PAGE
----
No-Fault and At-Fault Divorce in New Jersey

How No-Fault Divorce Works in New Jersey

no-fault-and-at-fault-divorce-in-new-jerseyThough every state allows some form of “no-fault” divorce, there are 17 states where it’s the only basis for terminating a marriage. In 33 states, including New Jersey, a no-fault divorce is one of the options available to parties seeking to dissolve a marriage.

New Jersey Allows Both No-Fault and Fault Divorces

When you file a complaint for divorce in New Jersey, you must provide a reason why the bonds of marriage have been broken. Under the law, the reasons stated are considered to be the “grounds” for divorce. Those grounds are generally considered to indicate one of two things:

  • Neither party was expressly responsible for the breakdown of the marriage. When this is the case, the parties typically cite “irreconcilable differences” as the basis for divorce. Parties who allege irreconcilable differences must state that such differences have been there for at least six months.
  • One of the parties engaged in specific conduct that made it difficult or impossible for the other party to stay in the marriage. Such a proceeding will generally be referred to as an “at-fault” or “fault-based” divorce. In a fault-based divorce action, the party alleging fault must provide testimony or other evidence of wrongdoing.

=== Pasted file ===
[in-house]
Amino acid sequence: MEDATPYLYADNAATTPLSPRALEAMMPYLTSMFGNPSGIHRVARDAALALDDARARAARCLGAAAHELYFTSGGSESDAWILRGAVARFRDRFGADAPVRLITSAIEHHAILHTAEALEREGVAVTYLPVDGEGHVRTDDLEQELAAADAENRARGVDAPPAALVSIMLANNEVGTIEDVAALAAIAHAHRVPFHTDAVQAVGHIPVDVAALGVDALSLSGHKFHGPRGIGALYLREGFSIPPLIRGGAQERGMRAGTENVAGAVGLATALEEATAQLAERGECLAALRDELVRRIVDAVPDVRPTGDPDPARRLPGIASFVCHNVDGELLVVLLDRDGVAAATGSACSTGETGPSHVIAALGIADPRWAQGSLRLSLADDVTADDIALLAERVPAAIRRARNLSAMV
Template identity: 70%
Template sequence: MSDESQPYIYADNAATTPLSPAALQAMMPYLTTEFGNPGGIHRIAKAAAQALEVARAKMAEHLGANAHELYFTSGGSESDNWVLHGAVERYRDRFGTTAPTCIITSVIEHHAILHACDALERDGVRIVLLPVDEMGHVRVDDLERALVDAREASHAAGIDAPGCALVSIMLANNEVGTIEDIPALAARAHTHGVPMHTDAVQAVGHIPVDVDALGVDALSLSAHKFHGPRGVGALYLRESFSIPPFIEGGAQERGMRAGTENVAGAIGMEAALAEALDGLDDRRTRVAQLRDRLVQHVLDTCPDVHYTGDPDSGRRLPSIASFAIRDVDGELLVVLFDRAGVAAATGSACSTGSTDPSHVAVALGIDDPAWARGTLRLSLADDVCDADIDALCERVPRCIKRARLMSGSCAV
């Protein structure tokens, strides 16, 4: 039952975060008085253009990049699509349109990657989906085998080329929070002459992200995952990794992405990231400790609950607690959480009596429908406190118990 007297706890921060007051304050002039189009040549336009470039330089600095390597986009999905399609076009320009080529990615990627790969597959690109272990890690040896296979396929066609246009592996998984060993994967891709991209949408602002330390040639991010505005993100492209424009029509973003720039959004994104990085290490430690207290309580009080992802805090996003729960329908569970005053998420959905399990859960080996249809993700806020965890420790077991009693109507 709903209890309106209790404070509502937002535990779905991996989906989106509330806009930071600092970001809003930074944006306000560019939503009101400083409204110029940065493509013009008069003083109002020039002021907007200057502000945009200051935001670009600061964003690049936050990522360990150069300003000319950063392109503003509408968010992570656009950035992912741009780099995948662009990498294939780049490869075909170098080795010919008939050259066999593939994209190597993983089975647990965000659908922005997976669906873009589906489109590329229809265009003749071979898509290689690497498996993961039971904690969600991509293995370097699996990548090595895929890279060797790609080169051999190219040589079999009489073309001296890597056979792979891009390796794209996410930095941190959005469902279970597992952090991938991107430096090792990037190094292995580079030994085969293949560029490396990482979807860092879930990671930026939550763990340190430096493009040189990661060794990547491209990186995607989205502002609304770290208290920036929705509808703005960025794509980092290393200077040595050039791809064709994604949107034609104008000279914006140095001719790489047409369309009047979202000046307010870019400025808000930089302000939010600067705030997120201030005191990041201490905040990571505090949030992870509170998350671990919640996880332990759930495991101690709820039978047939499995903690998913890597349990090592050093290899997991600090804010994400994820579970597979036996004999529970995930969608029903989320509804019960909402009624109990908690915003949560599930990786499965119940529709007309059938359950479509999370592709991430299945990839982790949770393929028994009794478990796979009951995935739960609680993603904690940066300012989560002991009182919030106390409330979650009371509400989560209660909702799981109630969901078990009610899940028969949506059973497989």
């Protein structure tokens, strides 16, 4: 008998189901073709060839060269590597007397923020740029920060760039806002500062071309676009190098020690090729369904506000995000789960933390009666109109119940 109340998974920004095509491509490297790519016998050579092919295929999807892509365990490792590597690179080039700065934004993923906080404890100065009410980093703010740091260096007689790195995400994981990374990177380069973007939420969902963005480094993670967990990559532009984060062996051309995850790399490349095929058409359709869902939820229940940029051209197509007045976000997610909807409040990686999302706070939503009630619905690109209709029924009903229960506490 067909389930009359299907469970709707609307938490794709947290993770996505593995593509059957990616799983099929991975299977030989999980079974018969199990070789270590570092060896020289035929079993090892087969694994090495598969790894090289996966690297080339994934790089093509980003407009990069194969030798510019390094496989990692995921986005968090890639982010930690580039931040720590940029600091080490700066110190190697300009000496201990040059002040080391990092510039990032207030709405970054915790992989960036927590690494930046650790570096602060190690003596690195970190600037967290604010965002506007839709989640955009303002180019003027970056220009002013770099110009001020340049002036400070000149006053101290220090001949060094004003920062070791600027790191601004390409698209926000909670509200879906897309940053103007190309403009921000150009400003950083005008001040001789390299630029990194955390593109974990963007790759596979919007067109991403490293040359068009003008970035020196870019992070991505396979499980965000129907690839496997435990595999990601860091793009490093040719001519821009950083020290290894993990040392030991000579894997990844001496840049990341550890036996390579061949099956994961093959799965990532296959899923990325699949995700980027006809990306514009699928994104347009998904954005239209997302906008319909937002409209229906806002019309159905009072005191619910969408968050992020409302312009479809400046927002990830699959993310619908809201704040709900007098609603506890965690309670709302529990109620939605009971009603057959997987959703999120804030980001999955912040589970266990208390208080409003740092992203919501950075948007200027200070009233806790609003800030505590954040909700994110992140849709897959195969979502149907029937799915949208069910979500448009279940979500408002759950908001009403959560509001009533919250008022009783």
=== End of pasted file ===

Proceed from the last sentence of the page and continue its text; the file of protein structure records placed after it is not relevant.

What Are the Common Grounds for a Fault-Based Divorce in New Jersey?

New Jersey law allows a party to a divorce to allege one or more of the following causes for the breakdown of marital bonds in an at-fault proceeding:

  • Marital infidelity or adultery
  • Sexual behavior considered deviant by a reasonable person
  • Maintenance of separate residences for at least 18 months
  • Physical or sexual abandonment (desertion) for a period of one year
  • Addiction to drugs or alcohol for at least one year without actively seeking treatment
  • Extreme cruelty, such as physical or emotional abuse

Why Would You Choose an At-Fault Divorce Over a No-Fault Divorce?

People who can prove that the other spouse engaged in wrongful or harmful behavior may have an advantage in a custody or parenting time dispute. Wrongful behavior does not help in financial issues.

Most divorcing people in NJ choose to file on irreconcilable differences grounds, but it’s an individual decision.

Contact the Law Office of David M. Lipshutz

We will only take your case if we know we can help. For an appointment, contact our office online or call us at 856-627-1990. We are available to meet with you Monday through Friday, between 9 am and 5 pm.

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